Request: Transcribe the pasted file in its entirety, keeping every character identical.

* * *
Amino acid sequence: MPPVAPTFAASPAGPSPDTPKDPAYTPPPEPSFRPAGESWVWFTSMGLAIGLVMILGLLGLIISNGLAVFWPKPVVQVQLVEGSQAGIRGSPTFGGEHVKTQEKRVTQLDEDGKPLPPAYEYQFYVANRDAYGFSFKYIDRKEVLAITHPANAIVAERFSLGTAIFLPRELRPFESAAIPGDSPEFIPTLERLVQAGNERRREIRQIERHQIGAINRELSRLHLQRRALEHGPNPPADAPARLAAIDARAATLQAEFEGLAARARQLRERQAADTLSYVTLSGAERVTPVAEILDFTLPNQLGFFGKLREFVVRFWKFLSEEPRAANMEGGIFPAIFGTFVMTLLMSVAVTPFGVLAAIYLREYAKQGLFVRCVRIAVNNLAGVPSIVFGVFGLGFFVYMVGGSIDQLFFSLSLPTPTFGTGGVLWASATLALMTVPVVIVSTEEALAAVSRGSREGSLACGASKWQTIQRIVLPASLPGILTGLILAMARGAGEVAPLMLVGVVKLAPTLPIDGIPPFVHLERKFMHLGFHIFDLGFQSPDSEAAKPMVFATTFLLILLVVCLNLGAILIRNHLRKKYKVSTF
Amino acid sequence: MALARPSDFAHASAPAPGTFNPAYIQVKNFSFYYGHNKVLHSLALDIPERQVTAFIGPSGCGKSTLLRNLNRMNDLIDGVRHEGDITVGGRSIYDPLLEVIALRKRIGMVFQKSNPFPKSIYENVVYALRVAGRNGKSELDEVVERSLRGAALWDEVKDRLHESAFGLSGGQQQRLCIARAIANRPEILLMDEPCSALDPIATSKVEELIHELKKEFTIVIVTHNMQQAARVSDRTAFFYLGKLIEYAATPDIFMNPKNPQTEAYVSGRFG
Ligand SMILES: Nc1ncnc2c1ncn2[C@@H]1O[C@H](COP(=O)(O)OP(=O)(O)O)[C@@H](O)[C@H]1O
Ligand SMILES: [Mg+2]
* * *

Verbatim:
Amino acid sequence: MPPVAPTFAASPAGPSPDTPKDPAYTPPPEPSFRPAGESWVWFTSMGLAIGLVMILGLLGLIISNGLAVFWPKPVVQVQLVEGSQAGIRGSPTFGGEHVKTQEKRVTQLDEDGKPLPPAYEYQFYVANRDAYGFSFKYIDRKEVLAITHPANAIVAERFSLGTAIFLPRELRPFESAAIPGDSPEFIPTLERLVQAGNERRREIRQIERHQIGAINRELSRLHLQRRALEHGPNPPADAPARLAAIDARAATLQAEFEGLAARARQLRERQAADTLSYVTLSGAERVTPVAEILDFTLPNQLGFFGKLREFVVRFWKFLSEEPRAANMEGGIFPAIFGTFVMTLLMSVAVTPFGVLAAIYLREYAKQGLFVRCVRIAVNNLAGVPSIVFGVFGLGFFVYMVGGSIDQLFFSLSLPTPTFGTGGVLWASATLALMTVPVVIVSTEEALAAVSRGSREGSLACGASKWQTIQRIVLPASLPGILTGLILAMARGAGEVAPLMLVGVVKLAPTLPIDGIPPFVHLERKFMHLGFHIFDLGFQSPDSEAAKPMVFATTFLLILLVVCLNLGAILIRNHLRKKYKVSTF
Amino acid sequence: MALARPSDFAHASAPAPGTFNPAYIQVKNFSFYYGHNKVLHSLALDIPERQVTAFIGPSGCGKSTLLRNLNRMNDLIDGVRHEGDITVGGRSIYDPLLEVIALRKRIGMVFQKSNPFPKSIYENVVYALRVAGRNGKSELDEVVERSLRGAALWDEVKDRLHESAFGLSGGQQQRLCIARAIANRPEILLMDEPCSALDPIATSKVEELIHELKKEFTIVIVTHNMQQAARVSDRTAFFYLGKLIEYAATPDIFMNPKNPQTEAYVSGRFG
Ligand SMILES: Nc1ncnc2c1ncn2[C@@H]1O[C@H](COP(=O)(O)OP(=O)(O)O)[C@@H](O)[C@H]1O
Ligand SMILES: [Mg+2]